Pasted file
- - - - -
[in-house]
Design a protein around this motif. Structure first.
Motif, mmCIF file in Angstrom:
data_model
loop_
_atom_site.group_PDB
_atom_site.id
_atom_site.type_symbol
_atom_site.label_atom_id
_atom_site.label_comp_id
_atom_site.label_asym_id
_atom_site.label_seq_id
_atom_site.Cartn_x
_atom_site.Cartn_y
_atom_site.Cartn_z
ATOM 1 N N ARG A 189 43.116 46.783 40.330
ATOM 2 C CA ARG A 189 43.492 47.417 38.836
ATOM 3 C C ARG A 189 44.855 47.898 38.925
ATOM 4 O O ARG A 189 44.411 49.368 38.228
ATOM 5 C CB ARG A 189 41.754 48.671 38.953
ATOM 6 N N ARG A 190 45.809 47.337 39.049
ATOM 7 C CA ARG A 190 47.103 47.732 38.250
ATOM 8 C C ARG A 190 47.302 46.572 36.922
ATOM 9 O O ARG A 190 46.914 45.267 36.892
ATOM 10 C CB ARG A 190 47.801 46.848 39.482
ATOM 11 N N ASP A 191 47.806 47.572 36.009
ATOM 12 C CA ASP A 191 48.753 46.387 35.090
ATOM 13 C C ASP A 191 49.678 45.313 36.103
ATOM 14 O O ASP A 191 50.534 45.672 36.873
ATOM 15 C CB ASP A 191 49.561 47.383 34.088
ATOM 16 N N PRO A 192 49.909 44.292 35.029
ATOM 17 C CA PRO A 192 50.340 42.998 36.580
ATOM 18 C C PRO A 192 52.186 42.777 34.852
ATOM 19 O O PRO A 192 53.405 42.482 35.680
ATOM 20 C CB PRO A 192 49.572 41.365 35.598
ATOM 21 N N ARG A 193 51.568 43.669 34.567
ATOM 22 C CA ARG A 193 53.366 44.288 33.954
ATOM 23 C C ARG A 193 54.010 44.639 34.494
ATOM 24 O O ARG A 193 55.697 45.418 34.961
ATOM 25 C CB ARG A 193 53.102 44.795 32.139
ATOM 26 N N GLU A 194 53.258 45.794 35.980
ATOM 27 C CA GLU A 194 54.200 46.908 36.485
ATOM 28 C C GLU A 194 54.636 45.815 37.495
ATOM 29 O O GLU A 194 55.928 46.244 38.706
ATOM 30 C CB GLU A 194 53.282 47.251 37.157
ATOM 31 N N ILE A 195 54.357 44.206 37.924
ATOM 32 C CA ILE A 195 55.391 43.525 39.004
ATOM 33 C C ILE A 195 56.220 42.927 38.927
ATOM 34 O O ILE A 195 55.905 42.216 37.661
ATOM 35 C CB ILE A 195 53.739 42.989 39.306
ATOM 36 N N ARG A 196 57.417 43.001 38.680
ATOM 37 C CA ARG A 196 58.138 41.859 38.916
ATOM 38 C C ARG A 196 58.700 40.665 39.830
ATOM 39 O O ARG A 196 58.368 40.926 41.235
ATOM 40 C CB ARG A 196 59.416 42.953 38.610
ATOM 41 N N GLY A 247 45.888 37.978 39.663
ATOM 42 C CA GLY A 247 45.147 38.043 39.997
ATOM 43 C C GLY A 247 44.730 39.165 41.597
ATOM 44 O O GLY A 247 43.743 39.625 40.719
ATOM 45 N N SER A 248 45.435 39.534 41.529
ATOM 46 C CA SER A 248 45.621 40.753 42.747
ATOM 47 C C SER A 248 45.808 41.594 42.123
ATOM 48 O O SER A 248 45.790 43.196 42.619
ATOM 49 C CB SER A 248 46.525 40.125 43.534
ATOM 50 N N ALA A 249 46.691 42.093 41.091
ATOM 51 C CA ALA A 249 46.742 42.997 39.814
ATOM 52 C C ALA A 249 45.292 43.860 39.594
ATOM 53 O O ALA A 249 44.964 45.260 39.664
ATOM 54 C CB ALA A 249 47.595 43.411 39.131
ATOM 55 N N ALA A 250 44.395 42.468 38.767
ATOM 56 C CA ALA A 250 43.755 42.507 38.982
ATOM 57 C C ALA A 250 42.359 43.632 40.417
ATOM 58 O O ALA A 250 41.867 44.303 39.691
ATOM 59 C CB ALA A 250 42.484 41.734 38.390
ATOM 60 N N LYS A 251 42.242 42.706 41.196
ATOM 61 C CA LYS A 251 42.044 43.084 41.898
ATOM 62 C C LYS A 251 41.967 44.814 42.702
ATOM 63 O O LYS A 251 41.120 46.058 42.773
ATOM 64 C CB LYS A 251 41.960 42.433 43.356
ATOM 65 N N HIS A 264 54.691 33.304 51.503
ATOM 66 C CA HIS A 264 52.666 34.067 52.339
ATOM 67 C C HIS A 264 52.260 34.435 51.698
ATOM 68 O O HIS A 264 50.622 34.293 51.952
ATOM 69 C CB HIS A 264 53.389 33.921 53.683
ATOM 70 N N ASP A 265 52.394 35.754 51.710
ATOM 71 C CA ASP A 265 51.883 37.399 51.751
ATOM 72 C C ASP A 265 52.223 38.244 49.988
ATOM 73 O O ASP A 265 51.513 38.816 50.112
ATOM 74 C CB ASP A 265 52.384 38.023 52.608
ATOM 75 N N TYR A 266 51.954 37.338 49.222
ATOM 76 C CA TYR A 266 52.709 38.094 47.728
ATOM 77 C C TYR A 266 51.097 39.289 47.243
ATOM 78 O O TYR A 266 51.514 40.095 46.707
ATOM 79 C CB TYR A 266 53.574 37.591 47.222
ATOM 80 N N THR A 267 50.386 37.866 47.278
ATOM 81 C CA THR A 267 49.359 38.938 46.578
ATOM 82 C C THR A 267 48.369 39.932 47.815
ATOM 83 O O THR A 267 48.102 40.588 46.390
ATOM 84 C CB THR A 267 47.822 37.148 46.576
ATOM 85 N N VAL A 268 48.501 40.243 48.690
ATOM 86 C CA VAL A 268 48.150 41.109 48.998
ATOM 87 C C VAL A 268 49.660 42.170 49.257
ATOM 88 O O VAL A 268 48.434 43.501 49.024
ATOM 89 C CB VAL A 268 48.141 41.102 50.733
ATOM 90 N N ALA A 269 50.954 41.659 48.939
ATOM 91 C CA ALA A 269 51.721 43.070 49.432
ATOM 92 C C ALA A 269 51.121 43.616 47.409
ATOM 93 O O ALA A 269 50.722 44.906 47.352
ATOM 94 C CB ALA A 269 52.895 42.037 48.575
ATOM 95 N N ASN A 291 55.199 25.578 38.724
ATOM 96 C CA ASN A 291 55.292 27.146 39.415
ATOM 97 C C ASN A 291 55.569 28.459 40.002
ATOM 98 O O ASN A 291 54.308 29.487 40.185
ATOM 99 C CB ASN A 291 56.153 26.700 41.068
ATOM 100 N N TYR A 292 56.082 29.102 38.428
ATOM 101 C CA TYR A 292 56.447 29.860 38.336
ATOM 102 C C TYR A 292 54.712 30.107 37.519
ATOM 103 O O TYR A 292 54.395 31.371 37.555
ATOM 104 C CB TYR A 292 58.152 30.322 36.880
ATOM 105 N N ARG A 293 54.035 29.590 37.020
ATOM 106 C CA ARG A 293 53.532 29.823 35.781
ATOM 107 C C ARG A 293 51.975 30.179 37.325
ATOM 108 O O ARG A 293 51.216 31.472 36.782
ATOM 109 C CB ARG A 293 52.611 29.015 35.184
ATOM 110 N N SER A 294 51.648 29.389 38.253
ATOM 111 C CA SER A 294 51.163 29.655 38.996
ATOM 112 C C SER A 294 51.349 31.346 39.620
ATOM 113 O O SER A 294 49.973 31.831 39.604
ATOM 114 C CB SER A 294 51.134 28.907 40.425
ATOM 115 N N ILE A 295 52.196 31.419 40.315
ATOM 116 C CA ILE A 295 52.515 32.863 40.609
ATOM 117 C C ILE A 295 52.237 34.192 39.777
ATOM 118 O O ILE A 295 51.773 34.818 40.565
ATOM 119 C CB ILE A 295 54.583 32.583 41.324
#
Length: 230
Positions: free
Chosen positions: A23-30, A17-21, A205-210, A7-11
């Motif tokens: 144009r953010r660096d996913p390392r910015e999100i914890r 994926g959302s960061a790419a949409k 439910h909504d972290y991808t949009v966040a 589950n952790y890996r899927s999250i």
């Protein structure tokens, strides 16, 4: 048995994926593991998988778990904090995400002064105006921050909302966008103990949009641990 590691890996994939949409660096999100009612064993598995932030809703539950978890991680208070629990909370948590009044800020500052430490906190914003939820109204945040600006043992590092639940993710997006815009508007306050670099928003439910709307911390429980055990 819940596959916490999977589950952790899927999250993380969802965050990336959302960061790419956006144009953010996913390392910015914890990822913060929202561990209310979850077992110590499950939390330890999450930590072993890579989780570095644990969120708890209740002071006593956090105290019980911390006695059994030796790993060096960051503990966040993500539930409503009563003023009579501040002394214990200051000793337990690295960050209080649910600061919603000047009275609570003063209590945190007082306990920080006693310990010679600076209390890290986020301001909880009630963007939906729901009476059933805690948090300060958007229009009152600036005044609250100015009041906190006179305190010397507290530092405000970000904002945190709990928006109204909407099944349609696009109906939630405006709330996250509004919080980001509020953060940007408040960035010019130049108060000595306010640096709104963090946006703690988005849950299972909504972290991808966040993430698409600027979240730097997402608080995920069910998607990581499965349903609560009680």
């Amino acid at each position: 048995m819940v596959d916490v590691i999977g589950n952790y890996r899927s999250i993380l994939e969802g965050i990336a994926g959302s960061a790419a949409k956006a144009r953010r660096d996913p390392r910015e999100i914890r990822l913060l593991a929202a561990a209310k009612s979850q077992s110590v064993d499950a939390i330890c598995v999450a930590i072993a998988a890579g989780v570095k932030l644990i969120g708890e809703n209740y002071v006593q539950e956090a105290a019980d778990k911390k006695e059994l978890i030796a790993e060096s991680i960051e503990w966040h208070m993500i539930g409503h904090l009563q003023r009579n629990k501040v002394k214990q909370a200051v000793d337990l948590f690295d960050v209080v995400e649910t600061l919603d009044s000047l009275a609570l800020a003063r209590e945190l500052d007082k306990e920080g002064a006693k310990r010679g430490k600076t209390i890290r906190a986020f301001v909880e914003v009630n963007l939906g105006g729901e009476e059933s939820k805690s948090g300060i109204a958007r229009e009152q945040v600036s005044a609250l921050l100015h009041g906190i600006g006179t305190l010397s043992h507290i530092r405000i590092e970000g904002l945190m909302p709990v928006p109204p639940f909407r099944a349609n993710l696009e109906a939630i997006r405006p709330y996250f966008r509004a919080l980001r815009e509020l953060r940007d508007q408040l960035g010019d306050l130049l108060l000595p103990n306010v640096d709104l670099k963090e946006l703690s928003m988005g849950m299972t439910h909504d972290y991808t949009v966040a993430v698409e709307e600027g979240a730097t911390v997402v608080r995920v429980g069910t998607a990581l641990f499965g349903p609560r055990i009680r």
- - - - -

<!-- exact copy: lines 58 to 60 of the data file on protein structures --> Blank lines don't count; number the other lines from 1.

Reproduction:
ATOM 43 C C GLY A 247 44.730 39.165 41.597
ATOM 44 O O GLY A 247 43.743 39.625 40.719
ATOM 45 N N SER A 248 45.435 39.534 41.529